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# How much money do you need to earn on the books in order to receive EIC

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Level 15

## How much money do you need to earn on the books in order to receive EIC

Any amount of earned income is eligible for the EIC; even \$1.

The opposite  question might be: at what point does my EIC decrease with more income? The basic EIC works on a "bell curve," rising as a worker's wages rise reaching a maximum when annual earnings are between \$14,040 and \$18,340 (Single with 2 or 3 children 2016) and then declining gradually until it phases out altogether. If your income is on the up slope of the EIC curve more earned income will increase your EIC but if your income is on the down slope, more income (of any kind) will reduce your EIC. The “upslope" on the EIC curve is very steep; basically for every \$3 you earn, the government gives you another dollar. See the curve (graph) at:

The earned income credit is first calculated (actually looked up in a table) on your earned income then it is calculated on your total income (AGI). You get the lesser of the two calculated EIC numbers. See the 2017 EIC table at:

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Level 15

## How much money do you need to earn on the books in order to receive EIC

Any money earned off the books must still be reported.
New Member

## How much money do you need to earn on the books in order to receive EIC

Yes....i guess i asked the question wrong. ...what's the minimum income amount eligible for EIC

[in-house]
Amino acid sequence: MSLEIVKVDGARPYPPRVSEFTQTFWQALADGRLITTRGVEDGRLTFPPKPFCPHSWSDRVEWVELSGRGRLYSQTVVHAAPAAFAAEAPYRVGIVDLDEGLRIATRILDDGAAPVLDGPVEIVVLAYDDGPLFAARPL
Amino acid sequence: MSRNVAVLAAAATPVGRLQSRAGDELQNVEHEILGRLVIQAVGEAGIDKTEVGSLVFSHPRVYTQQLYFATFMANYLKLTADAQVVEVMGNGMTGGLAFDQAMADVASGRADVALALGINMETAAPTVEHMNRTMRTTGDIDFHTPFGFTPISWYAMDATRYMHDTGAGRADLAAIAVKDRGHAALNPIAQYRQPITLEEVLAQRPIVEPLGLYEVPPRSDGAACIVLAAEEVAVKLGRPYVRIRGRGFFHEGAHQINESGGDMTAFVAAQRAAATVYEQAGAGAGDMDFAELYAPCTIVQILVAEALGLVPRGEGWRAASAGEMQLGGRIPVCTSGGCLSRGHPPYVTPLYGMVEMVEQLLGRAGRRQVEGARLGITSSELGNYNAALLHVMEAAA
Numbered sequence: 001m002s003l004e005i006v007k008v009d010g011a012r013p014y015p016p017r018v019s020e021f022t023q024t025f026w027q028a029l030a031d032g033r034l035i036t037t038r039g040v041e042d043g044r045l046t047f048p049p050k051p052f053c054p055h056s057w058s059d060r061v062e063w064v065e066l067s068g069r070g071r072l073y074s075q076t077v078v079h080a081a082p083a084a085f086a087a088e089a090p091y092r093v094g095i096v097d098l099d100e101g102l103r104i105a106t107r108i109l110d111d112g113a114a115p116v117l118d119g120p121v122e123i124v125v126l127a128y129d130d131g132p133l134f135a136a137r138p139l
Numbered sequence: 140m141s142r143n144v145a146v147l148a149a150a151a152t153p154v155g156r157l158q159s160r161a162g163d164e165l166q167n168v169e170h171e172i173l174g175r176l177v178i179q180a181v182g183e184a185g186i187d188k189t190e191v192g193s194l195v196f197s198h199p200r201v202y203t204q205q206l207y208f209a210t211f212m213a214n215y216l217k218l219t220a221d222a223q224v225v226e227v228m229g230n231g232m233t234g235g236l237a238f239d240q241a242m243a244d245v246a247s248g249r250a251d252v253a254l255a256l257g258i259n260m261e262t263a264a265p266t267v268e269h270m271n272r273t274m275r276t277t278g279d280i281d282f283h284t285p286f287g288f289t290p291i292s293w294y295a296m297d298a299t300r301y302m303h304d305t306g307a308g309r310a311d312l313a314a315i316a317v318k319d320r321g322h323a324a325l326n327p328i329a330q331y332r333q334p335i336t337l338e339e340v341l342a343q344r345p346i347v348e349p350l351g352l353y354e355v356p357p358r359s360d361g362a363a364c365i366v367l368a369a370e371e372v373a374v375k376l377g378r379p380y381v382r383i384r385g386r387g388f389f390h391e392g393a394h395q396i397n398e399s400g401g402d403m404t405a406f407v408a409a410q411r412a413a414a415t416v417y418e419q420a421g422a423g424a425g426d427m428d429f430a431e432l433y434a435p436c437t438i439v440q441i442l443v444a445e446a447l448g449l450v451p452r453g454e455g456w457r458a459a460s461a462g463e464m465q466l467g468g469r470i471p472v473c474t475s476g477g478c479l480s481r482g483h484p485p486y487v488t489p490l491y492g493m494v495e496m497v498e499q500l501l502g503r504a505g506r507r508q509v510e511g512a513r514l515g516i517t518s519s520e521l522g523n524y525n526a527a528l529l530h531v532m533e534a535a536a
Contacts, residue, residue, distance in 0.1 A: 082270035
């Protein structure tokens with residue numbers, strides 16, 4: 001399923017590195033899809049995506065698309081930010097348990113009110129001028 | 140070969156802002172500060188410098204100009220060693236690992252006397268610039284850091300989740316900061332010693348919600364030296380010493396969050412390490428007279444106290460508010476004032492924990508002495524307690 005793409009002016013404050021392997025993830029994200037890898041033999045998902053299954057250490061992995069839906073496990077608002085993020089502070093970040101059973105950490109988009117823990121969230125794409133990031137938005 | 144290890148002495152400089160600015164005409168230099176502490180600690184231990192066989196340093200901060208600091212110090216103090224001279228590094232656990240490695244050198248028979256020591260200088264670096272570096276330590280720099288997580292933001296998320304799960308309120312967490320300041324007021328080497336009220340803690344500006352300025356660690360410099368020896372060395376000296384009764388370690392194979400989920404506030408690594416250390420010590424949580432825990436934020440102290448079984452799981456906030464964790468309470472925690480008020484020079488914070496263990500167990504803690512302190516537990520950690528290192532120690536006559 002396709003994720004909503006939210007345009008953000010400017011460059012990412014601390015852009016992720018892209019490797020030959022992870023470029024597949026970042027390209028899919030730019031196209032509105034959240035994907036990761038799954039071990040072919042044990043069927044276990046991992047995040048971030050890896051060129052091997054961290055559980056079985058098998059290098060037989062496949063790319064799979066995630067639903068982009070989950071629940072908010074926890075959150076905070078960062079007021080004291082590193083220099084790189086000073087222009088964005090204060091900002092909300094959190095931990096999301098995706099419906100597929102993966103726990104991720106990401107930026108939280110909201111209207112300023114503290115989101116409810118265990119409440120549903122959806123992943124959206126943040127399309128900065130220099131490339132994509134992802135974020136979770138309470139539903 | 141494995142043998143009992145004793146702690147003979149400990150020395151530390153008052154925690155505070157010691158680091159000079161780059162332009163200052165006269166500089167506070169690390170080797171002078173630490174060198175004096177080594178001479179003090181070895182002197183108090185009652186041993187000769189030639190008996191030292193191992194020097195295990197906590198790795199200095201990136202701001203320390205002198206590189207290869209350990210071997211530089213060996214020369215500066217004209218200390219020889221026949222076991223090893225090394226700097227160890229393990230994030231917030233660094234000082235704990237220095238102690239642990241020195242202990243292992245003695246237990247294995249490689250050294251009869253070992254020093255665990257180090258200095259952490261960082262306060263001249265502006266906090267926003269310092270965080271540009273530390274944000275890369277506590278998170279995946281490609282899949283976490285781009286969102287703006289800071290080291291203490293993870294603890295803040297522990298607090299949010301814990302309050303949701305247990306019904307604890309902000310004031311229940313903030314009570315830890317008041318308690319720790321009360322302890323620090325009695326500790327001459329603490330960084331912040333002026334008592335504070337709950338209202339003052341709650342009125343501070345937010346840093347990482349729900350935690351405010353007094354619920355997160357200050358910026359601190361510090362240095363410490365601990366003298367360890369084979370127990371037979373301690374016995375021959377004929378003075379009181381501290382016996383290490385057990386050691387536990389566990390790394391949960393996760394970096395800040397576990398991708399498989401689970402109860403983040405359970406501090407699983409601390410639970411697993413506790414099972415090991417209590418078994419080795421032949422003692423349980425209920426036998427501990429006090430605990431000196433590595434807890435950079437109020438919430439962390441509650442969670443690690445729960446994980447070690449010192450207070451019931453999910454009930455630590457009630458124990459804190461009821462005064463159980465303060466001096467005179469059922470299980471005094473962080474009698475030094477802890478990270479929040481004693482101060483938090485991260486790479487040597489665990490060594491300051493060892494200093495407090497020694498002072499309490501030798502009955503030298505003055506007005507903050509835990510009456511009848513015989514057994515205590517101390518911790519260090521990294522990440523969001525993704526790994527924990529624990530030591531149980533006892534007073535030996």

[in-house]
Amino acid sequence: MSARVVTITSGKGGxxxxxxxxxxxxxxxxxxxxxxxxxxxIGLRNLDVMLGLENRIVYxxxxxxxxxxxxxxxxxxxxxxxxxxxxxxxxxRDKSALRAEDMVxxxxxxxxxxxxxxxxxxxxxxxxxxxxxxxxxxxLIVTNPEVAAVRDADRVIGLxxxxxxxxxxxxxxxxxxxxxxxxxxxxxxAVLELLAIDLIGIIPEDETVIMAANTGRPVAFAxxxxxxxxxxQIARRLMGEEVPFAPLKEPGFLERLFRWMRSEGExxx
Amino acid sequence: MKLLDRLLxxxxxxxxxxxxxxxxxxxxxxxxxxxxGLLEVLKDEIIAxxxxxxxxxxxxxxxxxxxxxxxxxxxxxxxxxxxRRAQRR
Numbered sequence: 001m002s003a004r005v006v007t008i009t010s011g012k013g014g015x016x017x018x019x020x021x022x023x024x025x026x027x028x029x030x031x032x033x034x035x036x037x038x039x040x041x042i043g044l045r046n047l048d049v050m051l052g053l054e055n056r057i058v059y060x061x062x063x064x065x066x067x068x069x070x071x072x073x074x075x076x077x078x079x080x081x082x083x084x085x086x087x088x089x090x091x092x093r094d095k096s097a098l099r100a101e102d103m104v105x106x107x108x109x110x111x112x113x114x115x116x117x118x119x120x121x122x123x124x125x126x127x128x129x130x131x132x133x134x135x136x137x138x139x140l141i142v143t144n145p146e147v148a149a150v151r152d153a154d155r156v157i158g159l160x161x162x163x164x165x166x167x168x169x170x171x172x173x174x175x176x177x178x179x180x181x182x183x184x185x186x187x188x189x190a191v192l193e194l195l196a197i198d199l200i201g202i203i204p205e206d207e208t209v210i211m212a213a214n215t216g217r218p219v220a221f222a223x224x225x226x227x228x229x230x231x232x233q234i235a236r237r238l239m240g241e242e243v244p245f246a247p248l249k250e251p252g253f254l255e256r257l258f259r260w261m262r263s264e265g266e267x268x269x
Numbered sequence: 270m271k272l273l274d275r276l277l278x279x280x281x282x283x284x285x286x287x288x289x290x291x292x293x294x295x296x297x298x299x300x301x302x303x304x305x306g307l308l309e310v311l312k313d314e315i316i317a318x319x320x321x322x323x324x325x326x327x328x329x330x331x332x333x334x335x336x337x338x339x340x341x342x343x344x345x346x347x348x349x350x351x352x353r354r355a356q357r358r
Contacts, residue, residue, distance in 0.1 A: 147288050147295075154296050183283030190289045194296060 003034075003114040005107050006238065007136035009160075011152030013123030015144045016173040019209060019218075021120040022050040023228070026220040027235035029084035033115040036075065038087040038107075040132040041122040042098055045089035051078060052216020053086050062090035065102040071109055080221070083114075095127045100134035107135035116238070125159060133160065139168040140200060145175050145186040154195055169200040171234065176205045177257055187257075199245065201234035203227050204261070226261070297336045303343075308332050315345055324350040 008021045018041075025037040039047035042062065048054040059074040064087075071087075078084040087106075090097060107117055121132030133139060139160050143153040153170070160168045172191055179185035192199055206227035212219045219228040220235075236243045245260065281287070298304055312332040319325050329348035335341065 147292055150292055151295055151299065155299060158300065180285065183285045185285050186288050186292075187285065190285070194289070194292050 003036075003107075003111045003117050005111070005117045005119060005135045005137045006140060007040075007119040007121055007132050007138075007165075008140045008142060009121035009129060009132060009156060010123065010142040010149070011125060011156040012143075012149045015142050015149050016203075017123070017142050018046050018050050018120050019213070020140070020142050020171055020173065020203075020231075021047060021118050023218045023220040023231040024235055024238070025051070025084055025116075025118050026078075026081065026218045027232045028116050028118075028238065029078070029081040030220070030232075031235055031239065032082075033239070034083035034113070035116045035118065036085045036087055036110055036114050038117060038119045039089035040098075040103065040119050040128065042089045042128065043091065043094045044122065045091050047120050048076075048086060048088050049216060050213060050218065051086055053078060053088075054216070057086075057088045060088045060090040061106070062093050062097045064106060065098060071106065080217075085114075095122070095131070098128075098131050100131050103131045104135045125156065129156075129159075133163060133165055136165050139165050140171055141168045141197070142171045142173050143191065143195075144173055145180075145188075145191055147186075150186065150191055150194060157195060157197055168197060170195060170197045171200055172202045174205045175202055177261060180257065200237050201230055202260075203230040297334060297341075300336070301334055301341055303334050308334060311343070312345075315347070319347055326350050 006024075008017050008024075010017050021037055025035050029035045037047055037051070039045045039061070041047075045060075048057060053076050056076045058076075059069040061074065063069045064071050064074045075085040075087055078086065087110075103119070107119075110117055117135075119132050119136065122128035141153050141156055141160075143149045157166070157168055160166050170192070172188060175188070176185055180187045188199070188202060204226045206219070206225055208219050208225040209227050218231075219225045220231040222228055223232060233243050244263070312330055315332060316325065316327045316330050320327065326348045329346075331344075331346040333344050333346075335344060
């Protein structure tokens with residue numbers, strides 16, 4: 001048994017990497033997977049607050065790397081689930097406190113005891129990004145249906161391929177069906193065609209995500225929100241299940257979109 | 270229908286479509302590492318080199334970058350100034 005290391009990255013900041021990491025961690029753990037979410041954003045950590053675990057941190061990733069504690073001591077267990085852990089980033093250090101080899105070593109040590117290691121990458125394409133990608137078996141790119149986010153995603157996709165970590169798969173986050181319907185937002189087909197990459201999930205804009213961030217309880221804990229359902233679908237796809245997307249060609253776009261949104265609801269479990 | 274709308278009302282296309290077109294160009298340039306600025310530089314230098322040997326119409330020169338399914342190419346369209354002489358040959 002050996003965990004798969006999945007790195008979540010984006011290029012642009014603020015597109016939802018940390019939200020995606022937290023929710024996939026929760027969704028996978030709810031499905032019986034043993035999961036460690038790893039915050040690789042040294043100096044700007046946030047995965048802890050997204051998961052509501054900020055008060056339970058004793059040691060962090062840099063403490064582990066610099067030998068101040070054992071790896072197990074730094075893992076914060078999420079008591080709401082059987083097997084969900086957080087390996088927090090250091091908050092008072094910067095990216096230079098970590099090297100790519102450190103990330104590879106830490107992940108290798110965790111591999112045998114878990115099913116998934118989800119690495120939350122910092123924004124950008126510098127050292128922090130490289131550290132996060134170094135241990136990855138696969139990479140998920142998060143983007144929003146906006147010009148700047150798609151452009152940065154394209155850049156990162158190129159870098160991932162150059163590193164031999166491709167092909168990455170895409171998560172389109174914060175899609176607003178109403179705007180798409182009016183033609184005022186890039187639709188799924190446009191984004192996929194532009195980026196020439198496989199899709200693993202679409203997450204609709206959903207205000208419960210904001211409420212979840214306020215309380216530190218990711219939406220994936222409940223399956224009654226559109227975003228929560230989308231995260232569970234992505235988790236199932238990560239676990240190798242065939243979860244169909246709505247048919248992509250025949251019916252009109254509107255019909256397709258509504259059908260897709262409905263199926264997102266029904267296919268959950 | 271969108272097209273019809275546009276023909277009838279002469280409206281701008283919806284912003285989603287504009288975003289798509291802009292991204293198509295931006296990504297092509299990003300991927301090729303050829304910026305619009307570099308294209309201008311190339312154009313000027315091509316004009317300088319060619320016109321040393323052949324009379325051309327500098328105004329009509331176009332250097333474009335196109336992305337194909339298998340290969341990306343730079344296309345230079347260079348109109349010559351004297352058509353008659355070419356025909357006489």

Level 15

## How much money do you need to earn on the books in order to receive EIC

Any amount of earned income is eligible for the EIC; even \$1.

The opposite  question might be: at what point does my EIC decrease with more income? The basic EIC works on a "bell curve," rising as a worker's wages rise reaching a maximum when annual earnings are between \$14,040 and \$18,340 (Single with 2 or 3 children 2016) and then declining gradually until it phases out altogether. If your income is on the up slope of the EIC curve more earned income will increase your EIC but if your income is on the down slope, more income (of any kind) will reduce your EIC. The “upslope" on the EIC curve is very steep; basically for every \$3 you earn, the government gives you another dollar. See the curve (graph) at:

The earned income credit is first calculated (actually looked up in a table) on your earned income then it is calculated on your total income (AGI). You get the lesser of the two calculated EIC numbers. See the 2017 EIC table at:

Level 15

## How much money do you need to earn on the books in order to receive EIC

It depends on your age, filing status, qualifying children being claimed and types of income being reported.

Go to this IRS website for EIC information - https://www.irs.gov/credits-deductions/individuals/earned-income-tax-credit/do-i-qualify-for-earned-...

Go to this IRS website for EIC for income limits and maximum amounts - https://www.irs.gov/credits-deductions/individuals/earned-income-tax-credit/eitc-income-limits-maxim...

Use this IRS EIC assistant to see if you are eligible for EIC - https://www.irs.gov/credits-deductions/individuals/earned-income-tax-credit/use-the-eitc-assistant

Level 15

## How much money do you need to earn on the books in order to receive EIC

Even a small amount of earned income can qualify for EIC if you meet the other requirements to receive EIC.  If you do qualify, then TurboTax calculates it and adds it to your refund automatically.  In order to get the other "refundable" child-related credit, the Additional Child Tax Credit, you need no less than \$3000 of earned income.  That credit is also calculated and added to your refund automatically by TT if you are getting it.

**Disclaimer: Every effort has been made to offer the most correct information possible. The poster disclaims any legal responsibility for the accuracy of the information that is contained in this post.**
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